As the shadows of authoritarianism begin to creep into Hong Kong and deepen the unease of many who have enjoyed the freedoms of “One Country, Two Systems” for over 20 years, it’s time to reflect on the colour of politics which have gradually developed in the last ten years, Yellow, Blue and Red.

It would be naively idealistic to imagine that they could somehow be blended into a harmonious and beautiful rainbow, which in this context does not refer to the LGBTQ movement. However, it should never be forgotten that a rainbow is often witnessed in the presence of storm clouds.

Yellow ribbon tied to fence in Hong Kong

The main protagonists of Yellow and Blue have staged a somewhat hostile stand-off in which the popular demands of the people are rebuffed by the uncompromising stand of a weak government propped up by Beijing.

Indeed the protesters have upped their anti-government rhetoric by dubbing the movement “Hong Kong: Revolution of our times” in order to gain international affirmation and emphasise the threat to our freedoms from increased intervention by Beijing..

Revolution is a strong word and brings with it the connotations of being either a success or a failure, because there seems to be no alternative outcome. It requires a full commitment
to one side or the other.

It’s all or nothing. You are Yellow or Blue and there seems to be no margin for an in-between Green, which, in this context, does not mean environmentalism.

File photo: HKFP.

Melba Maggay in her recent book “Dark Days of Authoritarianism” in which she includes the frank and honest accounts of those involved in the 1986 People Power revolution in the Philippines, provides some deep and profound reflections on how a revolutionary movement affects those who have been involved personally.

The movement was particularly notable because there was significant involvement at the barricades of Protestant and Catholic groups who helped to prevent a bloodbath between rival military antagonists and enabled the outcome to be described as a “peaceful” revolution.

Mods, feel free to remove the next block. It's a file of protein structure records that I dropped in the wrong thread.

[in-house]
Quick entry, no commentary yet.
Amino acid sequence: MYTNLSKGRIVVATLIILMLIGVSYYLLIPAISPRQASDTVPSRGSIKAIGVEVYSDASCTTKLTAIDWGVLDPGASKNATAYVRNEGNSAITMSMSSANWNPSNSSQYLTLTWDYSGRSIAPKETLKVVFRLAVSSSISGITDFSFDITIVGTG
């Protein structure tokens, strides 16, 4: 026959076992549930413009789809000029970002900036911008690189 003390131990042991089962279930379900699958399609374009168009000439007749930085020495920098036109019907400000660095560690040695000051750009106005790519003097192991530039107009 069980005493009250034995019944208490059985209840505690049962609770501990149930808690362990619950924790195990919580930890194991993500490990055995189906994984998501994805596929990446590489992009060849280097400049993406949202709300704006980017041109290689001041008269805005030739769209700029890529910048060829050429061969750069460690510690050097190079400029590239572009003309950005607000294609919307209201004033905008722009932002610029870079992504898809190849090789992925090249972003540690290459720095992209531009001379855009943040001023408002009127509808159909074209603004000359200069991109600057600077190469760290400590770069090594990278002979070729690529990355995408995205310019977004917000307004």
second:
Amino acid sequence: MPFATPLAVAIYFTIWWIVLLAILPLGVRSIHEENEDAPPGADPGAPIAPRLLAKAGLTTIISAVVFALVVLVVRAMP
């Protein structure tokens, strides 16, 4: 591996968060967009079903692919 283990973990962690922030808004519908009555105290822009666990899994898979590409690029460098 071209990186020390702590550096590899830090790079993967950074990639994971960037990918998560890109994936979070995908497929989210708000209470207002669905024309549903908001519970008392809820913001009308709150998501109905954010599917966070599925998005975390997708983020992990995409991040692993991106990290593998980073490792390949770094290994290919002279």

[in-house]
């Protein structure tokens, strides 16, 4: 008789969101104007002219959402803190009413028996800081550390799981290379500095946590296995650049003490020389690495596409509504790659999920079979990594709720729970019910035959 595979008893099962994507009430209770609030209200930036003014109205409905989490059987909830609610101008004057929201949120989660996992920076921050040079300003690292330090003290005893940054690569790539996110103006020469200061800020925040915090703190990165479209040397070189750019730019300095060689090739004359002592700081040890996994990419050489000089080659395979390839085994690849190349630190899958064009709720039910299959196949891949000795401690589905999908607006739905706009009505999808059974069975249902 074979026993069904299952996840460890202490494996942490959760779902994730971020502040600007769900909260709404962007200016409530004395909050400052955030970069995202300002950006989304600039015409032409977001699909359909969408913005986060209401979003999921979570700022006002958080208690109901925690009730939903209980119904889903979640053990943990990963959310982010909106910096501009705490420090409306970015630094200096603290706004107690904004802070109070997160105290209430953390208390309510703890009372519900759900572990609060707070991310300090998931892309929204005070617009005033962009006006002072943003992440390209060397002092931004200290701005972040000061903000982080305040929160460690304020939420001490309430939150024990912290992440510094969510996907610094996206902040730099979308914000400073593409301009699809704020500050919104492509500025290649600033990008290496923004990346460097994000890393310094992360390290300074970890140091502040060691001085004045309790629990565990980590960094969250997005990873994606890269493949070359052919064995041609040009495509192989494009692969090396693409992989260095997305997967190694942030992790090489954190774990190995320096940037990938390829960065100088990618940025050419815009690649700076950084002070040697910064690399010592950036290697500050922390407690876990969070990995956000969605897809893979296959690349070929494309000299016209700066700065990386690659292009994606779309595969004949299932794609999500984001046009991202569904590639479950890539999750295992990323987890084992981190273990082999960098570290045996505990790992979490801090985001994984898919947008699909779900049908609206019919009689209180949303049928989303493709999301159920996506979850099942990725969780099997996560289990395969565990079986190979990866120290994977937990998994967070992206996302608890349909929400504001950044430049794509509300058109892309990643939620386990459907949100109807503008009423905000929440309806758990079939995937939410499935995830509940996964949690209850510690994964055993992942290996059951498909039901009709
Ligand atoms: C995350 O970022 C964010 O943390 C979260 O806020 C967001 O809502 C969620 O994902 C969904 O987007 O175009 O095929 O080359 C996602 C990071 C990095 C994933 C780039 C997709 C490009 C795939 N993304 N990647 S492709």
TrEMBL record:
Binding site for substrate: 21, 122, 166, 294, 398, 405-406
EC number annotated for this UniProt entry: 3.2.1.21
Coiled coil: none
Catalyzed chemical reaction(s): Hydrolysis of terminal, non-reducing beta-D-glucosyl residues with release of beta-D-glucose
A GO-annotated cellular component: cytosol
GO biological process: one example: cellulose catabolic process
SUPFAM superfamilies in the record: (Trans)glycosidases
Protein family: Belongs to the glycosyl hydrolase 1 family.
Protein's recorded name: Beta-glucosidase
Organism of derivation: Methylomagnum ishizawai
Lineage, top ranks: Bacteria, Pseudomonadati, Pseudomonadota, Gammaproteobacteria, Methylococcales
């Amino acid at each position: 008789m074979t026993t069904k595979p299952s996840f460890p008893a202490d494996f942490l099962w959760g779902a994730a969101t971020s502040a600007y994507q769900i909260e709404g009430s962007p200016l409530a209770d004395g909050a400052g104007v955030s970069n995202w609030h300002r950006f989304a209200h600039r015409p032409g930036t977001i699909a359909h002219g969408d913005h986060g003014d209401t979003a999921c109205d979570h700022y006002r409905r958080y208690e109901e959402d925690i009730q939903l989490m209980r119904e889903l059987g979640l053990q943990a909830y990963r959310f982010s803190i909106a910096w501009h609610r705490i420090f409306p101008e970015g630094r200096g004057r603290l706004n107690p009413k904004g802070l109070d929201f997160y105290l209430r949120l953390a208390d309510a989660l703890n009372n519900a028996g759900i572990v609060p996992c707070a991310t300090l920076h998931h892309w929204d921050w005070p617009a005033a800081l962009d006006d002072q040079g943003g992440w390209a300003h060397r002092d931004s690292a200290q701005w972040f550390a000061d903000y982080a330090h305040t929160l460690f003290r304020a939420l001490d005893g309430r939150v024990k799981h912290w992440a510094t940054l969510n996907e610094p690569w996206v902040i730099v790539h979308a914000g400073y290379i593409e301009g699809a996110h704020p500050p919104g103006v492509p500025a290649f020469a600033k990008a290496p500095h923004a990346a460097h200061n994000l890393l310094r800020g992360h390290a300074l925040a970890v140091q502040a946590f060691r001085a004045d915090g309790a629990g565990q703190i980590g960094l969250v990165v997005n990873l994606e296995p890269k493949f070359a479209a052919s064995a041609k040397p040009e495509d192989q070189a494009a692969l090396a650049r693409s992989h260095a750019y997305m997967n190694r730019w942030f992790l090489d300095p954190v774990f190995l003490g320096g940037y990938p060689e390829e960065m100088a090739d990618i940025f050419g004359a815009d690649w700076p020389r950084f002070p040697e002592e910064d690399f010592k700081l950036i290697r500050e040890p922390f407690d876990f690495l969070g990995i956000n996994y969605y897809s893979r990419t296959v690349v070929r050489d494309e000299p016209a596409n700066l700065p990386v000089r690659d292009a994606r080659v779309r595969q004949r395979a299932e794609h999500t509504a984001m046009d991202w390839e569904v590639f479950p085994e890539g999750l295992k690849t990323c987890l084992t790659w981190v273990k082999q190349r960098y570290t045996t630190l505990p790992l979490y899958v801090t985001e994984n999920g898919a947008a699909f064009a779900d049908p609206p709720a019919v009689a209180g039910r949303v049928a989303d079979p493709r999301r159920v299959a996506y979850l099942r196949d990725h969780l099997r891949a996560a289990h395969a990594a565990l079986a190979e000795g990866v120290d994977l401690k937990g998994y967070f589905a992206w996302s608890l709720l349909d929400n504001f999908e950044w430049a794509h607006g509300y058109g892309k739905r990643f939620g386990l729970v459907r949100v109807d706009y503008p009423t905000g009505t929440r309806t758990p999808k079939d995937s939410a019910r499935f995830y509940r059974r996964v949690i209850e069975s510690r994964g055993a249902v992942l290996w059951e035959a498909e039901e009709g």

However, in the preceding ten years or so of Marcos authoritarianism there were many incidents of violence and destruction perpetrated by more radical groups, while the Christian groups tried to remain at the margins.

As the darkness of authoritarianism deepened in the Philippines the need for some form of uprising became more and more urgent, and some Christian groups committed themselves with others to working among the grass roots and middle classes towards social and political change.

The urgent need to make tangible progress towards a more fair and just society eventually precipitated their decision to commit themselves to the movement at the barricades. Their intention was to take an active non-violent stance while knowing that there were others who would not stop at violence.

There are obvious parallels and clear differences to Hong Kong’s “Revolution of our Times” but the important point to note is that there came a time when action and commitment were required.

The personal accounts of some who were involved, particularly as Christians, describes how the dramatic events affected their faith, spiritual lives and their families. Committing one’s faith in action to serve a political cause greater than oneself, over which there is no control and which already has momentum, is a bold decision which always involves risk and sacrifice.

In Hong Kong’s present terms it has meant taking on the colour yellow or blue, and being prepared take to the streets in support of one or the other while accepting that violent outbreaks may accompany it.

Chinese Methodist Church on Hennessy Road. File photo: Wikicommons.


There are many Christians who are committed personally to one political side or the other, most of whom would not support the violent and destructive expressions of the revolution.

And indeed “the church” as a whole would not support it. So what, if any, role might “the church” play as a united body of believers, as a civic institution, as a voice of influence?